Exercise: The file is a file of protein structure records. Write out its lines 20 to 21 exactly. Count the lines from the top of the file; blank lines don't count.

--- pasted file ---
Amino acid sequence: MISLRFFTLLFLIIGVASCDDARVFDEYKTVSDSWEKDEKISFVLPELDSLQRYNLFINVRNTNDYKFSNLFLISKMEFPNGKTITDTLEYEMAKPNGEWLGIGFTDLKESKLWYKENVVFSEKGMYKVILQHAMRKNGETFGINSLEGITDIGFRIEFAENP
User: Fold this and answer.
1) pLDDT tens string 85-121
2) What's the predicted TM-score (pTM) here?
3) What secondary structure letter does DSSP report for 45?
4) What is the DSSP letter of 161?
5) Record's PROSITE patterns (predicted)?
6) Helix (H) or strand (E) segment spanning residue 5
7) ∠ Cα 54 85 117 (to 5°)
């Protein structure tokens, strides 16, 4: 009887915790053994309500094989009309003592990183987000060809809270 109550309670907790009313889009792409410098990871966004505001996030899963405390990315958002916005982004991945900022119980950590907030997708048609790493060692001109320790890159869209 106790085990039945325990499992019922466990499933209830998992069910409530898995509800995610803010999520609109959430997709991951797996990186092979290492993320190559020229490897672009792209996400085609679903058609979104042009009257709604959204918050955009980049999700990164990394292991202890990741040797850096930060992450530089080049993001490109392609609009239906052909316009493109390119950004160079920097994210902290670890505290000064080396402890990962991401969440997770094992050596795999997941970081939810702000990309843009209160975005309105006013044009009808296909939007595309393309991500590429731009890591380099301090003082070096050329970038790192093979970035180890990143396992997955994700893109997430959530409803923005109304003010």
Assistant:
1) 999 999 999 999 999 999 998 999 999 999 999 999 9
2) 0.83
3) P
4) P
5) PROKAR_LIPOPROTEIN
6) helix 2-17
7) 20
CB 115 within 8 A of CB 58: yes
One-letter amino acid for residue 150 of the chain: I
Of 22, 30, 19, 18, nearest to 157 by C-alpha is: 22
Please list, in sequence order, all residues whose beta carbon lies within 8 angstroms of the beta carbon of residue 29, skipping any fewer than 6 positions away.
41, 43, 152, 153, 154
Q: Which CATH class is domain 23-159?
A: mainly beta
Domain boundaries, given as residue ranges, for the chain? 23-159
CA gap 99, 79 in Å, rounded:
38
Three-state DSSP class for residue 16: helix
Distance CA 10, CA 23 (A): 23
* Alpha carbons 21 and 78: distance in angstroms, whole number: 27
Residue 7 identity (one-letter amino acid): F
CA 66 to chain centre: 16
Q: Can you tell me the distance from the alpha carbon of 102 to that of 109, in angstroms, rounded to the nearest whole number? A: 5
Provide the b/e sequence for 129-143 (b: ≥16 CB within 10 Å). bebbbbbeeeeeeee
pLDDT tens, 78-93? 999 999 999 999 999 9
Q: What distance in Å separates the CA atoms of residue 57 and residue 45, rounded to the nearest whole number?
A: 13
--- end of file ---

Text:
One-letter amino acid for residue 150 of the chain: I
Of 22, 30, 19, 18, nearest to 157 by C-alpha is: 22